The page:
Chiari type I malformation of infants and toddlers

Gordan Grahovac, Tatiana Pundy, Tadanori Tomita*

*Corresponding author for this work

Research output: Contribution to journalArticlepeer-review

24 Scopus citations


Objectives: Chiari I malformation has been a well-recognized clinical entity; however, its occurrence among infants and toddlers is unusual. Their clinical presentations may be different from other age groups due to their lack of effective verbal communication. The authors analyze their personal series of patients focusing on symptomatology and MRI characteristics. Treatment methods, results, and outcome are analyzed in order to identify appropriate surgical management among infants and toddlers with Chiari I malformation. Methods: The authors retrospectively reviewed 16 patients who were diagnosed and surgically treated between 2007 and 2014 during the first 3 years of life with minimum follow-up of 3 years. We focused on the presenting symptoms, magnetic resonance imaging findings, and surgical techniques used for posterior fossa decompression (PFD) and their postoperative outcome. Results: Twelve patients (75%) presented with signs of headaches such as irritability, inconsolable crying, head grabbing, and/or arching back. Ten patients (62.5%) presented with oropharyngeal and/or respiratory symptoms such as emesis, choking, gagging, snoring, sleep apnea, breathing pause, and/or vocal cord palsy. Only one patient had segmental cervical hydromyelia. At the first surgery, ten patients had PFD with dural scoring (Type 1 procedure), while six others had PFD with duraplasty (Type 2 procedure) with thermal reduction of the cerebellar tonsils in four. Following the first operation, all initially had varying degrees of symptomatic improvement; however, seven patients subsequently had symptomatic recurrence. Persistent crowding at the PFD site on the postoperative imaging indicated greater risk of recurrences in both Type 1 procedure and Type 2 procedure groups. Of seven patients who needed a second operation, fivewere after Type 1 procedure and the two were after Type 2 procedure. The difference of recurrence rates between these two groups is not significant. CSF-related complications occurred in 4 out of 11 patients who had Type 2 procedure (one after primary decompression and three after the second decompression for recurrence). Conclusion: Young patients lacking effective verbal communication often present their Chiari I malformation differently from olderage groups. Behavioral changes indicative of headaches/irritability and oropharyngeal/respiratory symptoms are the primary presenting symptoms. The recurrence rate tends to be higher among the patients after Type 1 procedure (particularly those younger than 18 months) than after Type 2 procedure. We observed that duraplasty at primary or at redo PFD provides for better decompression and long-term outcome. However, one should keep it in mind that there is risk of CSF-related complications following duraplasty, particularly higher tendency after redo PFD.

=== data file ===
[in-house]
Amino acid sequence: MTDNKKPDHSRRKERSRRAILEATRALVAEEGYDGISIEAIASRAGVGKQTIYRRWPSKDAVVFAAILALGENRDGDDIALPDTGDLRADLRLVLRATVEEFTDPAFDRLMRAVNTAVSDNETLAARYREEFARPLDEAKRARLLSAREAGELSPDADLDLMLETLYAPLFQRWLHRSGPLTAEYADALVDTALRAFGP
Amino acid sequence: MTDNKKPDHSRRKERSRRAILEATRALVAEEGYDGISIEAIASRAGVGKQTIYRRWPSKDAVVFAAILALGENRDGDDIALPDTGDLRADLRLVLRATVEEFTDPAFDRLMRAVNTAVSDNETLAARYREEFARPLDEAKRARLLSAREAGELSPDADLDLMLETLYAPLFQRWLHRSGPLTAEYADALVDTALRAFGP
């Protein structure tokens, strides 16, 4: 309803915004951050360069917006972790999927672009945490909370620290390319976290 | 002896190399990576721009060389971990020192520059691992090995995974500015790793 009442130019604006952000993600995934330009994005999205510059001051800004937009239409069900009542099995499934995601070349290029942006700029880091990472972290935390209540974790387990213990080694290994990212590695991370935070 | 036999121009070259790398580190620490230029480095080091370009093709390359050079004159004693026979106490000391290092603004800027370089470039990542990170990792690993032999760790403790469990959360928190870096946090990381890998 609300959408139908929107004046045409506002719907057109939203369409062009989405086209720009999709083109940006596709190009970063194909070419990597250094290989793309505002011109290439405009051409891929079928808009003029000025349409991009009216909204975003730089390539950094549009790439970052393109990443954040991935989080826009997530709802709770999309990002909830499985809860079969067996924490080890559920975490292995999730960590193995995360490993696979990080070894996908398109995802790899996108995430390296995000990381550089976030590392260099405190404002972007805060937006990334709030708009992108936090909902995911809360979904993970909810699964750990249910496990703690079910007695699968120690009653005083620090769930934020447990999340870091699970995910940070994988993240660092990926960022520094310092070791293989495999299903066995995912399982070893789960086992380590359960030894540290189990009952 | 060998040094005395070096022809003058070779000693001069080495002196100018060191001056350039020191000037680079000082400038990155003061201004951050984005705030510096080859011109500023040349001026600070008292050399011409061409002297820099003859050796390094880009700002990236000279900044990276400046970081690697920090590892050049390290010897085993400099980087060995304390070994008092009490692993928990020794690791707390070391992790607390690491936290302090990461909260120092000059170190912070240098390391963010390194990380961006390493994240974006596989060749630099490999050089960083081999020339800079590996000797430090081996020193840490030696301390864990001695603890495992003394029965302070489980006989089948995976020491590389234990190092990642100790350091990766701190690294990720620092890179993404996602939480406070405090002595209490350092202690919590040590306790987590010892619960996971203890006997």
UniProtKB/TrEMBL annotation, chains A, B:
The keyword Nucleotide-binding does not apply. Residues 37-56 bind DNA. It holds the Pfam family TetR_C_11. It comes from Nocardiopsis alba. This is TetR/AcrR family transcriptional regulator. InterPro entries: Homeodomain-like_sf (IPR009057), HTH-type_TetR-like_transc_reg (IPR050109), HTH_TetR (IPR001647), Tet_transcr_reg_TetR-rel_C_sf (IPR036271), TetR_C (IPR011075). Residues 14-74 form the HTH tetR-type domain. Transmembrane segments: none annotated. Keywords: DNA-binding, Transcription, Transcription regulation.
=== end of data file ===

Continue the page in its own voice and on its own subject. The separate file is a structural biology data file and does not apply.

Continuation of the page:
Original languageEnglish (US)
Pages (from-to)1169-1176
Number of pages8
JournalChild's Nervous System
Issue number6
StatePublished - Jun 1 2018


  • Chiari type 1 malformation
  • Infants
  • Posterior fossa decompression

ASJC Scopus subject areas

  • Clinical Neurology
  • Pediatrics, Perinatology, and Child Health


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